You'd think an accident's severity, whether rolling a vehicle over, colliding with another vehicle at an intersection, going the wrong way down a one-way highway, or hitting a street sign, utility pole, or building, wouldn't matter to a DWI charge. Intoxicated driving should be intoxicated driving, depending on blood-alcohol level, driver identification, vehicle operation, and similar objective elements of the legal case. But a DWI charge differs from a conviction and can indeed depend on other factors.
An accident's severity and notoriety, meaning whether it catches public attention or not, often appears to influence a DWI charge. When an accident requires a roadside response not just from the investigating officer but also fire and other emergency-safety personnel, medical personnel, and multiple tow trucks, it tends to get greater investigative attention, too. And when it mimics an action movie's car-chase scene and maybe also involves a public figure, it gets greater prosecutorial attention, especially when making headline news. Fair or not, if you are the driver in a single-vehicle rollover accident, you'd better not have been drinking and driving.
The Example Case
One recent February 2021 story proves the point that extreme accidents get extreme attention. The story recounts a Wichita County commissioner's admission that he had been drinking before sliding his vehicle off Texas Highway 25 into a ditch, striking a pole, and leaving the vehicle on its side. First responders reportedly had to brave dangerously wintry road conditions to aid the driver. Hospital transport and observation confirmed the driver's minor injuries. The story reported the driver's arrest on DWI charges, even though investigating officers still await results from a blood draw obtained by warrant.
In a simple slide-off event with no injuries, the lone officer arriving at the scene might not have noticed probable cause to suspect the driver's intoxication. Even if the officer did suspect something, the officer might not have gone to the trouble of seeking a warrant for a blood draw. But the driver's requiring medical attention from the vehicle's roll, and emergency personnel swarming the scene, bound the event to greater attention and investigation. When the driver's public-figure status signaled media attention, investigating officials seemed sure to follow protocol to avoid any appearance of special privilege.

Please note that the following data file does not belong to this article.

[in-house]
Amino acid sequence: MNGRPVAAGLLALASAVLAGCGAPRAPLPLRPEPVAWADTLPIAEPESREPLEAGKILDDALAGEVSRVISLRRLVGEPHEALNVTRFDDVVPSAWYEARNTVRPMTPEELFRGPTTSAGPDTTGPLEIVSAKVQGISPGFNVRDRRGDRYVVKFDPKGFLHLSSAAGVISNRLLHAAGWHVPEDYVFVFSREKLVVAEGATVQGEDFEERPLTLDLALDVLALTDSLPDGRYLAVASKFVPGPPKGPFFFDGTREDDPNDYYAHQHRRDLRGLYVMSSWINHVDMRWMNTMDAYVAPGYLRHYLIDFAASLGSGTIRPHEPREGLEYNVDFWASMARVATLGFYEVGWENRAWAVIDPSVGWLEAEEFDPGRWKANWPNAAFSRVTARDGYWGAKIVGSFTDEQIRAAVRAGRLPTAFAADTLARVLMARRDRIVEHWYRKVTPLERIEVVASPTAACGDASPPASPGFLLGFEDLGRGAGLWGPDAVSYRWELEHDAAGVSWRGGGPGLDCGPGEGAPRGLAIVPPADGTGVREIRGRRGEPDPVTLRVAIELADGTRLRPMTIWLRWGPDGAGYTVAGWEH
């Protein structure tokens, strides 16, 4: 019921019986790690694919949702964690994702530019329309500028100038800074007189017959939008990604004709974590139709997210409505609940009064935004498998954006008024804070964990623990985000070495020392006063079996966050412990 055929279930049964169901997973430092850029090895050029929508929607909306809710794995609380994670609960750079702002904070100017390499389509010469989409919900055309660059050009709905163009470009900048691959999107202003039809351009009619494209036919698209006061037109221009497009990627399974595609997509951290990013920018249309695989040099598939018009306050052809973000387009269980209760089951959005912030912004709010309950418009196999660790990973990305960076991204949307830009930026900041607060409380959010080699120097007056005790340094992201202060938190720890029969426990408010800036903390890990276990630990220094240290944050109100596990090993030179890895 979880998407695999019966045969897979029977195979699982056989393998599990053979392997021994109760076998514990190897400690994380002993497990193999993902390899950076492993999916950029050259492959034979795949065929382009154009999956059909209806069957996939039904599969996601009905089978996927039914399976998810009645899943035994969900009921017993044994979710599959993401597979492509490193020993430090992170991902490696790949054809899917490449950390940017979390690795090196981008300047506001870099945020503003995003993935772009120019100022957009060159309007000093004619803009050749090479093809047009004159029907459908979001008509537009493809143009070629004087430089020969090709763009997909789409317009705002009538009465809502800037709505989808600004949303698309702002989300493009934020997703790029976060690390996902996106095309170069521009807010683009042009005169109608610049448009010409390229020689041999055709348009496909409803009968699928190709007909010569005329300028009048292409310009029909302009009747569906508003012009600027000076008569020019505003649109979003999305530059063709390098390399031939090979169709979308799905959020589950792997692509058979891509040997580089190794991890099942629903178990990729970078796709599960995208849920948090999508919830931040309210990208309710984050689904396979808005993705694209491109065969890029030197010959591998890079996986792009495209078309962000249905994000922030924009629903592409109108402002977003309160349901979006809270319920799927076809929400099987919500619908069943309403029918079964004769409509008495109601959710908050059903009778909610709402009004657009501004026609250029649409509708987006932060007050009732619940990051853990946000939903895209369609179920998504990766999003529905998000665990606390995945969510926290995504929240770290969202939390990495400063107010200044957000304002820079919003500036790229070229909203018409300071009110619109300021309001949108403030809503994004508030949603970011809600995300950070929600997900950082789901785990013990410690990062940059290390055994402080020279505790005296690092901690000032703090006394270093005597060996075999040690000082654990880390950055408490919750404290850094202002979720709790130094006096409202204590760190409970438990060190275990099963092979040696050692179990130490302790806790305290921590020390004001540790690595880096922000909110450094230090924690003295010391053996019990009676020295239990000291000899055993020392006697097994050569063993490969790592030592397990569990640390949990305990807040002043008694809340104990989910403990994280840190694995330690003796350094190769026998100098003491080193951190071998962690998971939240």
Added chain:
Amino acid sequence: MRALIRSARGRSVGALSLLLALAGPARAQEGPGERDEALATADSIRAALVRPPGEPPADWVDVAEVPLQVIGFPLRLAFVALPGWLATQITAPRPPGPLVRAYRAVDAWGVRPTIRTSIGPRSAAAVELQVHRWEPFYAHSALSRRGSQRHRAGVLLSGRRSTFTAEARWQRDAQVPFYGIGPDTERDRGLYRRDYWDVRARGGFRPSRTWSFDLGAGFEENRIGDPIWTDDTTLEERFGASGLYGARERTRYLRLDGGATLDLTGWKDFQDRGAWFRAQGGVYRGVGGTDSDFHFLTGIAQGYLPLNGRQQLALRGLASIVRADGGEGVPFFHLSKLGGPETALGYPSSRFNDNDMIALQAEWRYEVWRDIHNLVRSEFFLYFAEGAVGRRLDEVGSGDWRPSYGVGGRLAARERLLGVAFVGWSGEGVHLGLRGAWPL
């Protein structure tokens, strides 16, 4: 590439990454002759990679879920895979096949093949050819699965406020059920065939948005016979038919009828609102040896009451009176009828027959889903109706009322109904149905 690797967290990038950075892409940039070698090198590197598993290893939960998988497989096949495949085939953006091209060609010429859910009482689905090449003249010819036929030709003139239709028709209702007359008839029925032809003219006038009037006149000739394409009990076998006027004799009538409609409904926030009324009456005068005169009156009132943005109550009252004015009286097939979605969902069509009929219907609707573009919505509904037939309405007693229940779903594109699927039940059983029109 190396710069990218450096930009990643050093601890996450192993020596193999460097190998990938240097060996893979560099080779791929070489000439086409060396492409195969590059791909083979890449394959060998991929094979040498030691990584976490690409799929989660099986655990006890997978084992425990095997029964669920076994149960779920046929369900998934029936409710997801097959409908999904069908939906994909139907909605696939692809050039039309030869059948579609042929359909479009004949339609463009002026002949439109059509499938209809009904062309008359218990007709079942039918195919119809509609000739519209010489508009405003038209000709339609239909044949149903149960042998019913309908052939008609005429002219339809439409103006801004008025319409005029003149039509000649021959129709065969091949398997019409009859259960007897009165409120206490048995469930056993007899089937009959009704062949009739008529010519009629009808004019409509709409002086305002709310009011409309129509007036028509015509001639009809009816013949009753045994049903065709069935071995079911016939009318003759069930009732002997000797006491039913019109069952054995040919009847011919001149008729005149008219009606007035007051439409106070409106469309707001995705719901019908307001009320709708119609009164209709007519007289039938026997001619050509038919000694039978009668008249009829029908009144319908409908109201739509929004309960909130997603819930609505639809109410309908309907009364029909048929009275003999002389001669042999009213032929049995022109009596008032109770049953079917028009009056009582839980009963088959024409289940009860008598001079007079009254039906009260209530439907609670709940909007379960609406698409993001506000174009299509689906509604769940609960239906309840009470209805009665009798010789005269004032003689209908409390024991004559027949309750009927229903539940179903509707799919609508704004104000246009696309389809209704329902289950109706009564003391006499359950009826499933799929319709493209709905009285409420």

Defending DWI Charges from Notorious Accidents
A rollover accident and media attention, though, do not mean a sure DWI conviction. The dramatic nature of an accident is generally not an element of the DWI crime or an aggravating circumstance unless the charge involves an element of recklessness, as with intoxication manslaughter under Texas Penal Code 49.08. A firm and aggressive defense to the DWI charge may defeat the charge, even if the defendant driver was in a slam-bang accident. Courts do not try DWI charges in the media or court of public opinion. Courts instead require prosecutors to produce evidence proving each element of the charge beyond a reasonable doubt, where dramatic crashes have no bearing.
Retain the Best Available Representation
Board Certified DWI Specialist Doug Murphy knows how to skillfully turn undue attention away from dramatic but irrelevant crash details and to the material evidence, to successfully defend notorious DWI charges. Attorney Doug Murphy built his national reputation by defending DWI charges in cases involving bad crashes, unfortunate fatalities, and well-known figures. Attorney Murphy earned recognition as the 2021 Houston DWI Lawyer of the Year by helping clients rely on their constitutional and procedural rights to defeat false and exaggerated DWI charges. He is one of only two Texas lawyers holding both DWI Board Certification and Criminal Law Certification. Contact Doug Murphy Law Firm online or at (713) 229-8333 to discuss your case today.
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